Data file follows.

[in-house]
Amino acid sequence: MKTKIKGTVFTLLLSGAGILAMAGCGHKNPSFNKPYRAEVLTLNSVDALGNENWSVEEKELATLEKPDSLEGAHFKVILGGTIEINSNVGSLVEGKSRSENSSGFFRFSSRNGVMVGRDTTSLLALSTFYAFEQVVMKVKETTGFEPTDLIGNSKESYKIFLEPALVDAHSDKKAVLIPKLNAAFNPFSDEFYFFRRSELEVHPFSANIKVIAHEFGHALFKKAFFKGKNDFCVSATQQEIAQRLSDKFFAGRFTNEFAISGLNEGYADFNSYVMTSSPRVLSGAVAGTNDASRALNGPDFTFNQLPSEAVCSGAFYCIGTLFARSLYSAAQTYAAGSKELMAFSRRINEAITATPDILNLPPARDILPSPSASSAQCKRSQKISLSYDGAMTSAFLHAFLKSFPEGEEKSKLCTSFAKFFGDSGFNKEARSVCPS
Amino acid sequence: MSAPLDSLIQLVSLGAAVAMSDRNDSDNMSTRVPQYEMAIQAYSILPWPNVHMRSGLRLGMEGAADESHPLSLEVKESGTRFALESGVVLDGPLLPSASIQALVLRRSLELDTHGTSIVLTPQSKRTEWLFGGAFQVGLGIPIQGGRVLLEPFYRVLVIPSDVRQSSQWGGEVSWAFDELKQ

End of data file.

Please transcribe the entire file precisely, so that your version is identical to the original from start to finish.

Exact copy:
[in-house]
Amino acid sequence: MKTKIKGTVFTLLLSGAGILAMAGCGHKNPSFNKPYRAEVLTLNSVDALGNENWSVEEKELATLEKPDSLEGAHFKVILGGTIEINSNVGSLVEGKSRSENSSGFFRFSSRNGVMVGRDTTSLLALSTFYAFEQVVMKVKETTGFEPTDLIGNSKESYKIFLEPALVDAHSDKKAVLIPKLNAAFNPFSDEFYFFRRSELEVHPFSANIKVIAHEFGHALFKKAFFKGKNDFCVSATQQEIAQRLSDKFFAGRFTNEFAISGLNEGYADFNSYVMTSSPRVLSGAVAGTNDASRALNGPDFTFNQLPSEAVCSGAFYCIGTLFARSLYSAAQTYAAGSKELMAFSRRINEAITATPDILNLPPARDILPSPSASSAQCKRSQKISLSYDGAMTSAFLHAFLKSFPEGEEKSKLCTSFAKFFGDSGFNKEARSVCPS
Amino acid sequence: MSAPLDSLIQLVSLGAAVAMSDRNDSDNMSTRVPQYEMAIQAYSILPWPNVHMRSGLRLGMEGAADESHPLSLEVKESGTRFALESGVVLDGPLLPSASIQALVLRRSLELDTHGTSIVLTPQSKRTEWLFGGAFQVGLGIPIQGGRVLLEPFYRVLVIPSDVRQSSQWGGEVSWAFDELKQ